Hany Baransi has been serving authentic hummus and falafel in his central Ohio eatery for 27 years, proudly giving diners a taste of his Israeli Christian Arab heritage between bites of rich Mediterranean fare.
A sign bearing an Arabic greeting—“Ahlan Wa Sahalan”— hangs prominently near the glass doors of his Nazareth Restaurant & Deli in Columbus, through which passersby can also spot an Israeli flag. Baransi says he has always been outspoken about his Israeli identity, and so when his restaurant was attacked on Thursday evening by a machete-wielding man, he believed it was no coincidence.
The terrorist, identified by police as 30-year-old Mohamed Barry, “came in and asked where I was from,” Baransi told The Tower. While Baransi was at home nursing a headache at the time, one of his employees– a young waitress– told Barry that the owner is from Israel. The man left after he determined that Baransi wasn’t at the restaurant, only to return around 30 minutes later with a machete and start hacking people.
“He came to each table and just started hitting them,” Karen Bass, who was in the restaurant at the time, told WBNS. “There were tables and chairs overturned, there was a man on the floor bleeding, there was blood on the floor.”
According to authorities, Nazareth’s employees and patrons fought back and threw chairs at Barry, who fled the eatery after injuring four diners. He led cops on a five-mile chase before his vehicle spun off the road and, armed with his machete and another knife, he lunged at the officers.
“He yelled ‘Allahu Akbar’ and then he attacked them with the machete and that’s when they shot him and killed him,” Baransi said.
No cops were wounded during the attack, and the four victims who were injured inside the restaurant are expected to recover.
While Columbus Police Chief Kim Jacobs said shortly after the assault that she believed Nazareth’s diners “were just randomly attacked, spontaneously, without warning,” Baransi wasn’t so certain.
“Is it a random attack? Yes, but it wasn’t a random attack like you’re walking in the street and there are 10 shops and you pick one,” he said. “It was a random attack [insofar] that I was one of the Israelis [picked] between all of the Israelis that are around here. It was a terrorist attack.”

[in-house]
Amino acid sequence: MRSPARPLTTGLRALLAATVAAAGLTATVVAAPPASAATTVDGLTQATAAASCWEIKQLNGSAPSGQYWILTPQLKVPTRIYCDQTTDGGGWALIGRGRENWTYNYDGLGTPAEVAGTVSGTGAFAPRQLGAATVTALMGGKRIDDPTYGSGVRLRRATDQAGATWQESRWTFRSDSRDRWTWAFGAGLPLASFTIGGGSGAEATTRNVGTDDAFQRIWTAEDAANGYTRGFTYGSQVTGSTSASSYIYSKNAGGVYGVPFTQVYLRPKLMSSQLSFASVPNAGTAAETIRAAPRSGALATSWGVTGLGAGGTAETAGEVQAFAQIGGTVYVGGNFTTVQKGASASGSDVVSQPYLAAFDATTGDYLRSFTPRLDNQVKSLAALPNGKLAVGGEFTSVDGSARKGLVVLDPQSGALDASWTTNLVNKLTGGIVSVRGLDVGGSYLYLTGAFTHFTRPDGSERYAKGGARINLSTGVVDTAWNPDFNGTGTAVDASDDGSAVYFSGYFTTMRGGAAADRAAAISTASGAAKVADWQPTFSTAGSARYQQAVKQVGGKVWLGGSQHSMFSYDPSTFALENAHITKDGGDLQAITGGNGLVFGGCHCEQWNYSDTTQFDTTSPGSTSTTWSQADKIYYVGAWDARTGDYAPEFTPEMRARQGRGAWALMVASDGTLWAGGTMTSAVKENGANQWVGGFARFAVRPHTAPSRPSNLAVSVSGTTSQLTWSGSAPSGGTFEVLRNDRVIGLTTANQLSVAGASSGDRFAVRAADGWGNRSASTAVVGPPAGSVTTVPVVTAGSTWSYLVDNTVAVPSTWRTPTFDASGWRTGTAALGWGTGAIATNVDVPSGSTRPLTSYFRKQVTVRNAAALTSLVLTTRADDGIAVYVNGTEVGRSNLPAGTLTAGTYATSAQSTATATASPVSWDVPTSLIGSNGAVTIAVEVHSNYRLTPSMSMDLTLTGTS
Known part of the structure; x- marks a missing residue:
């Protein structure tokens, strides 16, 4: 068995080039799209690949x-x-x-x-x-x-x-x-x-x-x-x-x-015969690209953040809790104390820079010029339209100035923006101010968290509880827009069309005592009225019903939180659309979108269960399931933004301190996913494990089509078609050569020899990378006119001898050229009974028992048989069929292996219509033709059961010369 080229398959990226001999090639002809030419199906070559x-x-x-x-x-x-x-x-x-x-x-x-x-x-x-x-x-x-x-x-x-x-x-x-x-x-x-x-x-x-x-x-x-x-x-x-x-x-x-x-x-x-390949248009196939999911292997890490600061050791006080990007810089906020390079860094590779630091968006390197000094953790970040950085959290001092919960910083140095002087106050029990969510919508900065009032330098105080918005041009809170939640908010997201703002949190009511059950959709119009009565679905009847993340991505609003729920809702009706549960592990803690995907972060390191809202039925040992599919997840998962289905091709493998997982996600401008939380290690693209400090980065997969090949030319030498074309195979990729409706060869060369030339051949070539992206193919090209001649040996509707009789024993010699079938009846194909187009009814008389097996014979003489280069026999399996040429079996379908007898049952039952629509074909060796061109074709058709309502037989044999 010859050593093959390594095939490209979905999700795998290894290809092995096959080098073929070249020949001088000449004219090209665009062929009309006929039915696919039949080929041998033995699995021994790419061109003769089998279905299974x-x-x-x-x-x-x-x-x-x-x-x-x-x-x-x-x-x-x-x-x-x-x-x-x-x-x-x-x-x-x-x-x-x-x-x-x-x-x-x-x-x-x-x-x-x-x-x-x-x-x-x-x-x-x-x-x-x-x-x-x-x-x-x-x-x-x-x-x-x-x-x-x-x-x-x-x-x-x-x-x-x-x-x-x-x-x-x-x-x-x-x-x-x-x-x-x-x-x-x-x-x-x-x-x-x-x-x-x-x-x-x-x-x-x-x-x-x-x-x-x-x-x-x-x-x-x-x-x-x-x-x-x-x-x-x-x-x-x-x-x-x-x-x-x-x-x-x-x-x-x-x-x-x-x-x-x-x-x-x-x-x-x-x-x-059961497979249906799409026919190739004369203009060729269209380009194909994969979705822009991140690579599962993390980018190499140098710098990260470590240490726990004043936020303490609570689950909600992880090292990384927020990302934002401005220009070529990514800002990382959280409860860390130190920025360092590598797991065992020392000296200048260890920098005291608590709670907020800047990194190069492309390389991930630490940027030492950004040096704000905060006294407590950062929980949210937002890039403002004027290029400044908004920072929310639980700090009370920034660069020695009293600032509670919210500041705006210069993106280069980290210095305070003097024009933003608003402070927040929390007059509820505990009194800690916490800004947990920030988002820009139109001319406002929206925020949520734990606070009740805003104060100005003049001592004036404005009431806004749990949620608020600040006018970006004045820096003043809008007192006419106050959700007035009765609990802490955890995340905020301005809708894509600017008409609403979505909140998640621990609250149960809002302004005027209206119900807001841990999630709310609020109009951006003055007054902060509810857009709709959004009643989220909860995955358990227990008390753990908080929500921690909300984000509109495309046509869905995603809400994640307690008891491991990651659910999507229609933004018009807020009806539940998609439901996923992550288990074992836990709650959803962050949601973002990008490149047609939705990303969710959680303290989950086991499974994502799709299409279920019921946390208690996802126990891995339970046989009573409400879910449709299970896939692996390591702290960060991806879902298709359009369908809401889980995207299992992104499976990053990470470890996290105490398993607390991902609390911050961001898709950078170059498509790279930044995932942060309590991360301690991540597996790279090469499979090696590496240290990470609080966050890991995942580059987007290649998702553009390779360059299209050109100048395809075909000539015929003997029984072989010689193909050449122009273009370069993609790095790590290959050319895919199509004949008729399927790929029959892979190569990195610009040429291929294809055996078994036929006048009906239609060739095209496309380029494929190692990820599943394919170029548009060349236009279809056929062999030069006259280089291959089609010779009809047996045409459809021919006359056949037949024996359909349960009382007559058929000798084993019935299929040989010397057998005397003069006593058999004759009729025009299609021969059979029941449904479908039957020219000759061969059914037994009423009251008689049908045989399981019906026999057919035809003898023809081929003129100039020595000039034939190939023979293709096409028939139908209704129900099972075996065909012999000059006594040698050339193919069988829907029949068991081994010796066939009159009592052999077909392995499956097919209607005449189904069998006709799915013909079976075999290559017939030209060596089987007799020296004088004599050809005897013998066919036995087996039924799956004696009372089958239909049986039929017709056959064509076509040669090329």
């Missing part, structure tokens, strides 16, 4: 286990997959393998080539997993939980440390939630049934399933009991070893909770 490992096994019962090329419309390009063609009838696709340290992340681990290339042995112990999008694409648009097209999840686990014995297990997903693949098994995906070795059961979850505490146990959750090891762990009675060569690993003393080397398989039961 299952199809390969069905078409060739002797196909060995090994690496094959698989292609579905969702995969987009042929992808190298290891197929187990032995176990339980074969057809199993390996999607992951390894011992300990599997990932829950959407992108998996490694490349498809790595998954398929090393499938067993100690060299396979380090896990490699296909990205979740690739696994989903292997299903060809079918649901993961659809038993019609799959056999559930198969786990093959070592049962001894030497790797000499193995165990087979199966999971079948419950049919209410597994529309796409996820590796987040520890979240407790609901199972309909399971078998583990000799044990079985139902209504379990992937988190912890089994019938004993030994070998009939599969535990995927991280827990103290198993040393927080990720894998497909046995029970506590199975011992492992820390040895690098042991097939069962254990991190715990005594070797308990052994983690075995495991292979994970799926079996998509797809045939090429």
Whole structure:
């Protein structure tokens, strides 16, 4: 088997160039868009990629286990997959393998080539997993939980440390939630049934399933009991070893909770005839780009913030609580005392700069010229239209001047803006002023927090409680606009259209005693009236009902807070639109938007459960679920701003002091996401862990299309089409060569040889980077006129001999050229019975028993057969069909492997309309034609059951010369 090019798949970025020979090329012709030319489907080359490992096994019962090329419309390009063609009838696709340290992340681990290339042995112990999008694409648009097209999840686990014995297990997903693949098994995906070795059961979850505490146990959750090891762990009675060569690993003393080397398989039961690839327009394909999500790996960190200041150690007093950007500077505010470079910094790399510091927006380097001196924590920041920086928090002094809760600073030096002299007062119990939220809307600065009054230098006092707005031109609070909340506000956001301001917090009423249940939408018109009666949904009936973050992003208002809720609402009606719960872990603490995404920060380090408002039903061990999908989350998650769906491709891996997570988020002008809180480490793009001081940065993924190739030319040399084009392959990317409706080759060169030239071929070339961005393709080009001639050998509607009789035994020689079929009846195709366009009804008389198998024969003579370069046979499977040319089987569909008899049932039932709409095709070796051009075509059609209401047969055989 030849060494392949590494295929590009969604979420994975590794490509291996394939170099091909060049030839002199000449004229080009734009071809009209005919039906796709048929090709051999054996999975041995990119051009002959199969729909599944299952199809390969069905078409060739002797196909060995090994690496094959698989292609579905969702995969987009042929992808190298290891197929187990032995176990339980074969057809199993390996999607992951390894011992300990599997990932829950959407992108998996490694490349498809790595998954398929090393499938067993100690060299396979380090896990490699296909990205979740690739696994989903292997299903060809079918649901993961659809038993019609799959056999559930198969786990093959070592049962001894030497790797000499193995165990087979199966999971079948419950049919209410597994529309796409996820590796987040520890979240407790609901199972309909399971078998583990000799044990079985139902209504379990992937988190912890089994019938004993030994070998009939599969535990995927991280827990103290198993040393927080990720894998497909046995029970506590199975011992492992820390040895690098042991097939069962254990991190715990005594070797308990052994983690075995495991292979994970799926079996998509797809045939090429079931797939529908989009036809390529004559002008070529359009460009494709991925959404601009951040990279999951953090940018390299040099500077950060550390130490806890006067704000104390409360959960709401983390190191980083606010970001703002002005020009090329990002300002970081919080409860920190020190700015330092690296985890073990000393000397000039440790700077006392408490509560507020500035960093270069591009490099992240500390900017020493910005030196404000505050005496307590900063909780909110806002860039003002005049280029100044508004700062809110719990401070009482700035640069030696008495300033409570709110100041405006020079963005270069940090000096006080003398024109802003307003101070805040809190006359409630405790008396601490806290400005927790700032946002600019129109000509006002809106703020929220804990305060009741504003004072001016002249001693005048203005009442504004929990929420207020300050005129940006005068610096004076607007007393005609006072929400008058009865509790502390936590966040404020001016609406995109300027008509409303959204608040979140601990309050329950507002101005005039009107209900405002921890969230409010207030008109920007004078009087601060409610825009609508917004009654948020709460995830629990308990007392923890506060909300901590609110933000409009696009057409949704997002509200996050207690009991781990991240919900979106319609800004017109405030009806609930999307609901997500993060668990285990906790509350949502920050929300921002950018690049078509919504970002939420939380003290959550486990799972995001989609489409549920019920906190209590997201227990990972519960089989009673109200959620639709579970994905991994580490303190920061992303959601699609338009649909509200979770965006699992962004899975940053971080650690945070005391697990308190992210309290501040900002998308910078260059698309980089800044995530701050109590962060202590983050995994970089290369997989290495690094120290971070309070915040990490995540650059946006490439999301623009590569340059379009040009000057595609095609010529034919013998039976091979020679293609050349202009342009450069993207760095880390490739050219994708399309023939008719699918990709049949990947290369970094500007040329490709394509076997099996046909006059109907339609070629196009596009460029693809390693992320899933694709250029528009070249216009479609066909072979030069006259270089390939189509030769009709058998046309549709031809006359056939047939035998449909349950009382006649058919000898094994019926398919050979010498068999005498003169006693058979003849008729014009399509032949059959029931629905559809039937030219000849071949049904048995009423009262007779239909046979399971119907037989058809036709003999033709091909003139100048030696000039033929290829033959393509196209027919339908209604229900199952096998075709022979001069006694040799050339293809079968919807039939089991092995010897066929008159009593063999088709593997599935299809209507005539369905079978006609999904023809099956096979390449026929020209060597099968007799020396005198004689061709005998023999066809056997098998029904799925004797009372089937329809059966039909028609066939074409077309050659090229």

“I am a very outspoken Israeli, and I have an Israeli flag in my restaurant,” added Baransi, who moved to the United States from Haifa in 1983 and said he tries to visit Israel as often as he can. “When people [from the Arab community] ask me where I am from, I tell them I am Israeli, I am an Israeli Christian Arab, it’s not like I am Palestinian, and then they start arguing and fighting with me.”
Baransi noted that the FBI, which has since joined the investigation and is probing whether the assault was an instance of homegrown extremism, has yet to share any conclusions. He mentioned that he is hoping to hear from them by Monday. For now, he is focusing on helping his staff cope with the traumatic experience they underwent.
“You know, we are Israelis, used to this in our lives, people attacking us and wanting to kill us,” he observed. “But Americans — I have young ladies, 19, 20-years-old, they probably never heard people yelling and screaming. It was a huge experience for them. And some of them are very devastated. All of us communicate on a daily basis, and some of us, a couple of people, are still having a really hard time.”
He said that he is only willing to reopen his restaurant once his staff assures him that they are ready. “Even though I am hurting financially badly, if this time is needed for the well-being of my employees, I am okay with that,” he stressed. “God will provide for us.”
When asked whether he would consider removing the Israeli flag seen from his restaurant’s entryway as a precaution, Baransi swiftly rejected the idea.
“Actually I have another flag, and I am going to get a bigger flag, and I am going to get a Star of David necklace and put it on my chest, and I am going to get a tattoo,” he declared. “Honest to God, I am not kidding. They don’t scare me. We are Israelis. We are Israelis. We are resilient, we fight back.”
“We are used to these bastards,” he added. “We are used to these kinds of attacks, that they hate us just for what we are. They don’t know us, they don’t know anything about us, and they do that. You know, I don’t care if I was an Arab or not, because I am an Israeli, and if you don’t like Israelis you don’t like me.”
Baransi said he spends 12 to 14 hours each day working in his restaurant and has never experienced such an incident before, but indicated that as an Israeli Christian Arab, he feels “very discriminated against in the way the Arabs look at me.” Despite this, he emphasized that these were barriers that could be overcome. His best friend in Haifa, who graduated high school at his side, is Muslim. And he has made Arab Muslim friends in America, too.
“I have a Muslim friend who is from Jordan. He is my best friend. We talk politics, we talk religion, and we are completely different people. We can yell at each other and fight,” he chuckled. “But I know I love him, I know he loves me, we would die for each other.”
Still, he suggested that sometimes, he feels like he doesn’t quite fit in with anybody. “Even with the Israelis, I still feel different because of the Jewish community. But then even with the Israeli Arabs. It’s just a weird kind of feeling.”
“But I am very happy in my life,” he quickly added. “I feel okay. I love my country Israel, and I will defend it until the day I die.”